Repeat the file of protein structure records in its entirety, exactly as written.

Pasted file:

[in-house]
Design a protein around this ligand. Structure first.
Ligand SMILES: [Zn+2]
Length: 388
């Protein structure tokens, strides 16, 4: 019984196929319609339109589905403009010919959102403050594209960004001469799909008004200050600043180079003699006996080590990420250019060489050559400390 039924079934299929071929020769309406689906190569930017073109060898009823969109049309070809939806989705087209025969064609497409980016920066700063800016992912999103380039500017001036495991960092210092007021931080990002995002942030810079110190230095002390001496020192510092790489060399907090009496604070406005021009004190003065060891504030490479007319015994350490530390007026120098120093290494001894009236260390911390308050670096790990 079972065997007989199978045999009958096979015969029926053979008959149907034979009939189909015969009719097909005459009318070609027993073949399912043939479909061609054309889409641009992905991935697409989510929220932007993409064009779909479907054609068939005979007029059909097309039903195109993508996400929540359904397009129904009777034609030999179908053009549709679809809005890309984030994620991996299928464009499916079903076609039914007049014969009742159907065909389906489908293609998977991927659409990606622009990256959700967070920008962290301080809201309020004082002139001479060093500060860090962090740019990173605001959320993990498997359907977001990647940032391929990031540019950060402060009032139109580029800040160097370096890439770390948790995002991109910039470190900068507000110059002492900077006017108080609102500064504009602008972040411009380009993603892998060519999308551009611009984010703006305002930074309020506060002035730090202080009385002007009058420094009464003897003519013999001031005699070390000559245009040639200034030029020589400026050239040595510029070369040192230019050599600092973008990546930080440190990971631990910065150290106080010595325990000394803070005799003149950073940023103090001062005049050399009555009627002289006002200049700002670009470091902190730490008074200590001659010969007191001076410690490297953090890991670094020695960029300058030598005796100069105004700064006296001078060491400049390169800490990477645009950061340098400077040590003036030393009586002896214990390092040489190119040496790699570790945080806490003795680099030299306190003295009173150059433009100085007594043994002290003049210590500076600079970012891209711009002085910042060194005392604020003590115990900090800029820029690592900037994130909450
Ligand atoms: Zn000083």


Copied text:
[in-house]
Design a protein around this ligand. Structure first.
Ligand SMILES: [Zn+2]
Length: 388
């Protein structure tokens, strides 16, 4: 019984196929319609339109589905403009010919959102403050594209960004001469799909008004200050600043180079003699006996080590990420250019060489050559400390 039924079934299929071929020769309406689906190569930017073109060898009823969109049309070809939806989705087209025969064609497409980016920066700063800016992912999103380039500017001036495991960092210092007021931080990002995002942030810079110190230095002390001496020192510092790489060399907090009496604070406005021009004190003065060891504030490479007319015994350490530390007026120098120093290494001894009236260390911390308050670096790990 079972065997007989199978045999009958096979015969029926053979008959149907034979009939189909015969009719097909005459009318070609027993073949399912043939479909061609054309889409641009992905991935697409989510929220932007993409064009779909479907054609068939005979007029059909097309039903195109993508996400929540359904397009129904009777034609030999179908053009549709679809809005890309984030994620991996299928464009499916079903076609039914007049014969009742159907065909389906489908293609998977991927659409990606622009990256959700967070920008962290301080809201309020004082002139001479060093500060860090962090740019990173605001959320993990498997359907977001990647940032391929990031540019950060402060009032139109580029800040160097370096890439770390948790995002991109910039470190900068507000110059002492900077006017108080609102500064504009602008972040411009380009993603892998060519999308551009611009984010703006305002930074309020506060002035730090202080009385002007009058420094009464003897003519013999001031005699070390000559245009040639200034030029020589400026050239040595510029070369040192230019050599600092973008990546930080440190990971631990910065150290106080010595325990000394803070005799003149950073940023103090001062005049050399009555009627002289006002200049700002670009470091902190730490008074200590001659010969007191001076410690490297953090890991670094020695960029300058030598005796100069105004700064006296001078060491400049390169800490990477645009950061340098400077040590003036030393009586002896214990390092040489190119040496790699570790945080806490003795680099030299306190003295009173150059433009100085007594043994002290003049210590500076600079970012891209711009002085910042060194005392604020003590115990900090800029820029690592900037994130909450
Ligand atoms: Zn000083």